I have been running the blog for four full years now, never missing a week, posting some 345 entries. While the experiment has been quite enjoyable, I feel it is time for me to move on to something else.
To avoid repeating one self, or doing trivial entries too often, one must always push forward. Some blog entries took half an hour to write, but a lot actually asked for quite a bit o’work. Keeping the pace has been increasingly difficult given all the other things that are going on in my life.
I have thought for a while of merely slowing the pace and posting say, twice a month, because I would have enough material to do so—a lot comes up all the time. For a while, I thought of posting only the occasional entry. But I think it will keep asking for more time, and that my energies are needed elsewhere presently.
I would like to thank my followers (there are quite a few) and all the others for all the good discussions in the (800-something) comments. I will not close the blog, so I will still manage it, at least for a while.
Eli Pariser — The Filter Bubble: What the Internet Is Hiding from You — Penguin Press HC, 2011, 304 pp. ISBN 978-1594203008
(Buy at Amazon.com)
Pariser warns us about the danger of (potentially) excessive personalization of search engine queries, such as Google’s. While the search engine’s first goal is to be useful, targeted, and relevant to your personal interests, they pose the very real danger of hiding large segments of the web from search, thus preventing serendipitous discovery of new interests, possibly quite orthogonal to your usual tastes.
However, Pariser goes on a long while on the subject; after a few examples, we quite get the idea, and the book could have been considerably shorter, offering a few examples and then discussing the consequences, without loss. I have sometimes the impression that the author (or maybe his editor) feared a short, direct-to-the-point, book. However, conveying information succinctly is sometimes better.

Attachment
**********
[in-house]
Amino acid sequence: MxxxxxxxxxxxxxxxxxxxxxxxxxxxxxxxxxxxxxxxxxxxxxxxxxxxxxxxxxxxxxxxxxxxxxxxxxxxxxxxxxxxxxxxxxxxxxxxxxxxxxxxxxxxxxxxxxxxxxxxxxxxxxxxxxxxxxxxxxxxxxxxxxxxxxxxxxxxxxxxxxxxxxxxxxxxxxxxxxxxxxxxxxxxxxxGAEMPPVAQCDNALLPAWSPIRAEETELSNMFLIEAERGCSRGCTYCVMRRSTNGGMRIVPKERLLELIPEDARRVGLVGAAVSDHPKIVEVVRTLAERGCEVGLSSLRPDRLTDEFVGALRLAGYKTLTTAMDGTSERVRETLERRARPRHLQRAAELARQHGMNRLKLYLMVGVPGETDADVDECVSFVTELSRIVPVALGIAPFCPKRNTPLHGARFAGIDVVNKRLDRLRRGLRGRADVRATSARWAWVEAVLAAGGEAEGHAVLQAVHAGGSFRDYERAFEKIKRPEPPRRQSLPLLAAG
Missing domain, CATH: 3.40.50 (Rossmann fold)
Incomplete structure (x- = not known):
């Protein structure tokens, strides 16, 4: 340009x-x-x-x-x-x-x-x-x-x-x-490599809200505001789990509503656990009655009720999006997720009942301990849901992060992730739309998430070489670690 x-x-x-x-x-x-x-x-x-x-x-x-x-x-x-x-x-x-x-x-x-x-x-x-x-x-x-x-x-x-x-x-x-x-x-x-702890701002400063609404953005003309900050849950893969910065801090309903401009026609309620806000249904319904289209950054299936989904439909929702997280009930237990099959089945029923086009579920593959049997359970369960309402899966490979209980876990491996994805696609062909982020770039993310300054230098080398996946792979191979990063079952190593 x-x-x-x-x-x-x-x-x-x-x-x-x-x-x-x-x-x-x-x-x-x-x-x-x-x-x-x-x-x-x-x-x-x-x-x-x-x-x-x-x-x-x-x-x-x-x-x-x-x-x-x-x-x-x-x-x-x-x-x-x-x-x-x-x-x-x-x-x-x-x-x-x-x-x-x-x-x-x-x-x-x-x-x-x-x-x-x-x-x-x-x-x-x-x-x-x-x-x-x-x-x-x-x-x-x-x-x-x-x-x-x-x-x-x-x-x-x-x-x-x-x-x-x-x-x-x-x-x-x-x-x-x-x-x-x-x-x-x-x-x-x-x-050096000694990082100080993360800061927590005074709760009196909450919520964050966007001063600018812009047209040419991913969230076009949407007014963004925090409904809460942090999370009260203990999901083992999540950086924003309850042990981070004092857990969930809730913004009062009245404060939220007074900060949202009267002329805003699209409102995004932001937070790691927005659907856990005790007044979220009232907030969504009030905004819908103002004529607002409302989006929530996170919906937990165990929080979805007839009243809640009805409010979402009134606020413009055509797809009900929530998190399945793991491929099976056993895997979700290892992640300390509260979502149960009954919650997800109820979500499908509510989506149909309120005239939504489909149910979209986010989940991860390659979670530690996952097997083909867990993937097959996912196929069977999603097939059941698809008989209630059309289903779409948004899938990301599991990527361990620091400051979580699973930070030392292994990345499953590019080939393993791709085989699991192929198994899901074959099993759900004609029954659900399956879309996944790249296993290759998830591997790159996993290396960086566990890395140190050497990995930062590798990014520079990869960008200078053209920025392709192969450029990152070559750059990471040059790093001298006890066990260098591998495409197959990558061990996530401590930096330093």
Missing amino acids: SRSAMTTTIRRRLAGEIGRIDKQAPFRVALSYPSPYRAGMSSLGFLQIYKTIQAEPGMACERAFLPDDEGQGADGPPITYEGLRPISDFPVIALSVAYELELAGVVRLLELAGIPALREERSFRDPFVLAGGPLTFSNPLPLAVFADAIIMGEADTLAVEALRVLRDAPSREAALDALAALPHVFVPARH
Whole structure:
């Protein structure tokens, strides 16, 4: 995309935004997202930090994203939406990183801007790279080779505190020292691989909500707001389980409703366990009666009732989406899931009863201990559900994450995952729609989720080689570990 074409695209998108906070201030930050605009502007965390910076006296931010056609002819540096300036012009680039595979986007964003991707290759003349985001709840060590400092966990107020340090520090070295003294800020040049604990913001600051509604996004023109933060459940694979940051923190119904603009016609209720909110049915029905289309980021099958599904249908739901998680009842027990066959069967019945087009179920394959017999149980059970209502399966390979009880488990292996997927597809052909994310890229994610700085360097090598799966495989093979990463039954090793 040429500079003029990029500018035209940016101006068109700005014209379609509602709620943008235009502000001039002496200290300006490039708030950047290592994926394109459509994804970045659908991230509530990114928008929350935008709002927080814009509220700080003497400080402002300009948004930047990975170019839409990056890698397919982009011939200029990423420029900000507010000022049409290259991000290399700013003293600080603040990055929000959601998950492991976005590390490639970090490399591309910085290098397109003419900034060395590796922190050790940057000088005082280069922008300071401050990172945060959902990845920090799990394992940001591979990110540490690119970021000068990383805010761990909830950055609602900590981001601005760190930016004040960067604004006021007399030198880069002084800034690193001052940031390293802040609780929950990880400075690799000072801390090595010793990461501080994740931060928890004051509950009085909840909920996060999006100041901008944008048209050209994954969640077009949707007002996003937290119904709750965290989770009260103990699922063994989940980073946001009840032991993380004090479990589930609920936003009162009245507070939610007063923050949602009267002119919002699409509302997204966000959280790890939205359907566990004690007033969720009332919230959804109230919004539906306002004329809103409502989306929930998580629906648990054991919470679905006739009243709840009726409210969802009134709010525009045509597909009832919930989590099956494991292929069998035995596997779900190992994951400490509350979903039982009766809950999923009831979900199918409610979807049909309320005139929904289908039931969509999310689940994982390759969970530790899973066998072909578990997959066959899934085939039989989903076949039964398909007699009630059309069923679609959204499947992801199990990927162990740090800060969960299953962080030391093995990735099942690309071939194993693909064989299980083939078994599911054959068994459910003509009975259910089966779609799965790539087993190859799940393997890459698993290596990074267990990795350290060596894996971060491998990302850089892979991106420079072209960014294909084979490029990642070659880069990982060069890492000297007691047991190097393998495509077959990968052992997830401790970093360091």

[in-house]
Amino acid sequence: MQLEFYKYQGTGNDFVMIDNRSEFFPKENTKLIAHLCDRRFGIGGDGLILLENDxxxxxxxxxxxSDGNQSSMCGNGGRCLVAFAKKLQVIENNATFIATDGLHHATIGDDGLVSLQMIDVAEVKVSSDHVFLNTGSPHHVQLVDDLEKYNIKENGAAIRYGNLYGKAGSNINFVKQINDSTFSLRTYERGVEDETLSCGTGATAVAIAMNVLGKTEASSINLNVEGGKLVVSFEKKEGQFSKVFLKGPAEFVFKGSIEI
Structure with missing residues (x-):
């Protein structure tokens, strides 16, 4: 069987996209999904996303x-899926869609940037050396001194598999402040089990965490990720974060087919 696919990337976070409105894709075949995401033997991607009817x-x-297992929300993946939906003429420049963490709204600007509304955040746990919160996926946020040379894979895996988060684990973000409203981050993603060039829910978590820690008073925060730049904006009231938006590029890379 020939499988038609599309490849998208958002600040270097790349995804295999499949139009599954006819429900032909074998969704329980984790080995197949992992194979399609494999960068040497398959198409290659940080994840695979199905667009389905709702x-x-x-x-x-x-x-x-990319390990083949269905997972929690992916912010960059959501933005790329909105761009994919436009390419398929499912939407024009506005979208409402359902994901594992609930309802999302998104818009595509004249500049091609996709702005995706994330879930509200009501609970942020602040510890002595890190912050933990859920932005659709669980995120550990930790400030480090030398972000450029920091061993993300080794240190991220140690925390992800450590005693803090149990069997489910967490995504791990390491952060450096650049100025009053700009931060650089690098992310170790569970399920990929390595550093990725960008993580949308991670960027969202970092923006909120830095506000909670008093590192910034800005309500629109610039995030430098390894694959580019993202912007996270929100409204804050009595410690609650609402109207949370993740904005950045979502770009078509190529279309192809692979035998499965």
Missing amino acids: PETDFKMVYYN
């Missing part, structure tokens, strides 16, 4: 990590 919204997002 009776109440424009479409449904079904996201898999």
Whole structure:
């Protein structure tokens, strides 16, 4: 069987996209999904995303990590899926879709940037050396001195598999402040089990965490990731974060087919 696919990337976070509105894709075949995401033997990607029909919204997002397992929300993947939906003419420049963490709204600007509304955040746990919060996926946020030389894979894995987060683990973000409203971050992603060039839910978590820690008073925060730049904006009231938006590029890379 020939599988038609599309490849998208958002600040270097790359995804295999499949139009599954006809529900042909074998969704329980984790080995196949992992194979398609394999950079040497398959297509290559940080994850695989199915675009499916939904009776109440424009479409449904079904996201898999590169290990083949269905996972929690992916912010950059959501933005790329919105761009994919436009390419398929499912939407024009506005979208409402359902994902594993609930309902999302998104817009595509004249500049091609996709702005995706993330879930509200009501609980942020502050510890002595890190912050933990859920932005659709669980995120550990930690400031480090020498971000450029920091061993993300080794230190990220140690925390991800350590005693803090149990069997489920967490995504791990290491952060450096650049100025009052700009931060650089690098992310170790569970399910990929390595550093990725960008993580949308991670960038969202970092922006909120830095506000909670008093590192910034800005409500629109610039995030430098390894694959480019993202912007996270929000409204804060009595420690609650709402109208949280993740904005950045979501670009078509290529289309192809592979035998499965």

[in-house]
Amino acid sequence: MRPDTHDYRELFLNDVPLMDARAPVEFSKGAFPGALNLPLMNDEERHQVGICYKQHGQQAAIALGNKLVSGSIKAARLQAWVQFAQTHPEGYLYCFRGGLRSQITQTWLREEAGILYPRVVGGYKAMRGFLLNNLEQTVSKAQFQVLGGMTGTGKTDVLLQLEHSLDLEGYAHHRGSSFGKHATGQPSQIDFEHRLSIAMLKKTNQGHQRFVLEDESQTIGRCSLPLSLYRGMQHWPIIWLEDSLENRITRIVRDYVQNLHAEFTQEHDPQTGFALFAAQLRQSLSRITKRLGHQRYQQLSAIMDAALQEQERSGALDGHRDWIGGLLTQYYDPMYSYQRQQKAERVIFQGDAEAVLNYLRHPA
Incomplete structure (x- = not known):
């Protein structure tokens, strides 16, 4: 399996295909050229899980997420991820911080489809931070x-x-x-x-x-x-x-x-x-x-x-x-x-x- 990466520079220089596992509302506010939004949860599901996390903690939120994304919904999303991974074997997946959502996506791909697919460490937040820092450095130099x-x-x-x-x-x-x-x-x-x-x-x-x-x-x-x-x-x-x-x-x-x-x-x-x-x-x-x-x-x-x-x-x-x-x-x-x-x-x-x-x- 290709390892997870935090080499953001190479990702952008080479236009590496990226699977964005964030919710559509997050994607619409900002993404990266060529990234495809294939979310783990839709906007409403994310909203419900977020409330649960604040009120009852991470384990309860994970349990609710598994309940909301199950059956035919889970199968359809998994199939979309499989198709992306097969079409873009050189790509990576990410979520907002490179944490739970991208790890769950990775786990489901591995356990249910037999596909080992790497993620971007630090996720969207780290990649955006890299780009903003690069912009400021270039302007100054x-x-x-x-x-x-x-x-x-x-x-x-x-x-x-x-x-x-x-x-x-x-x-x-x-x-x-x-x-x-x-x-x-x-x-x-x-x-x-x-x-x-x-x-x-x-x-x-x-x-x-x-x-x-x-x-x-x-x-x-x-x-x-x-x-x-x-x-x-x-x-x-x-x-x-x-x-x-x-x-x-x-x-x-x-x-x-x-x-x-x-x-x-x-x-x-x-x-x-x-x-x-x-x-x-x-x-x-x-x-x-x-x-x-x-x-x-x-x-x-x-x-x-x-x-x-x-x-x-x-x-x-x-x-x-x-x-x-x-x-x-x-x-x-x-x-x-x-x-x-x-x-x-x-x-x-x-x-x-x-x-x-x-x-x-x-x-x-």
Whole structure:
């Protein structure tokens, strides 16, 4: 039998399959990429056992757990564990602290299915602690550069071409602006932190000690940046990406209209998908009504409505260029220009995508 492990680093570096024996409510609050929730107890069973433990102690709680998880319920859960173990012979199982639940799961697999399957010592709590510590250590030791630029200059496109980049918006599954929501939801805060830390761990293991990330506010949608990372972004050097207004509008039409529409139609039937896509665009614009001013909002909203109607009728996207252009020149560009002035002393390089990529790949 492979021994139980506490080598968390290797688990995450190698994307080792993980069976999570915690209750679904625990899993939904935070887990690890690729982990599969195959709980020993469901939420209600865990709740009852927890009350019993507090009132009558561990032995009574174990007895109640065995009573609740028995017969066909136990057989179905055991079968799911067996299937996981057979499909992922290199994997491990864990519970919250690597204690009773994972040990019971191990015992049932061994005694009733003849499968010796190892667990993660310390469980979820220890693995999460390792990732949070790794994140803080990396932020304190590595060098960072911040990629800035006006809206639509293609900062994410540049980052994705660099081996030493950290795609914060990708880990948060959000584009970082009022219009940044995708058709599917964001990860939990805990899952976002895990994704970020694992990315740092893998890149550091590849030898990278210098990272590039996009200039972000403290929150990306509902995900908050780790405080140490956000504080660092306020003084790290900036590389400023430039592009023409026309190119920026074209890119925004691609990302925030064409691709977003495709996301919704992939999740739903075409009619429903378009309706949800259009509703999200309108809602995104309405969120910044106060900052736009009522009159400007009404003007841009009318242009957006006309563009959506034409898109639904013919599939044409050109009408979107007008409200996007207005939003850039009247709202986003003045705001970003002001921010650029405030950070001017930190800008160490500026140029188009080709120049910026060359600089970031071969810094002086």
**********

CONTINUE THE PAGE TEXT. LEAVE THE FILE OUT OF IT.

David Shenk — Data Smog: Surviving the Information Glut (Revised and Updated Edition) — Harper One, 1998, 256 pp. ISBN 978-0062515513
(Buy at Amazon.com)
This book, not unrelated to Schwartz’s Paradox of Choice, presents the fundamental paradox of information: the more you get, the less you can understand, the more you get, the narrower the vision you must have; the more you get, the more isolated you are. In a dozen “information glut laws”, Shenk discusses the various problems due to information glut (not only from classical media but also from the Internet) and offers tentative solutions to keep your head out of the water.
What’s the most interesting about this book is, maybe, the fact that it was written in 1997, a bit before the Internet became truly mainstream, and before his conclusions became somewhat self-evident (especially a posteriori). It can be read as a prelude to Pariser’s Filter Bubble.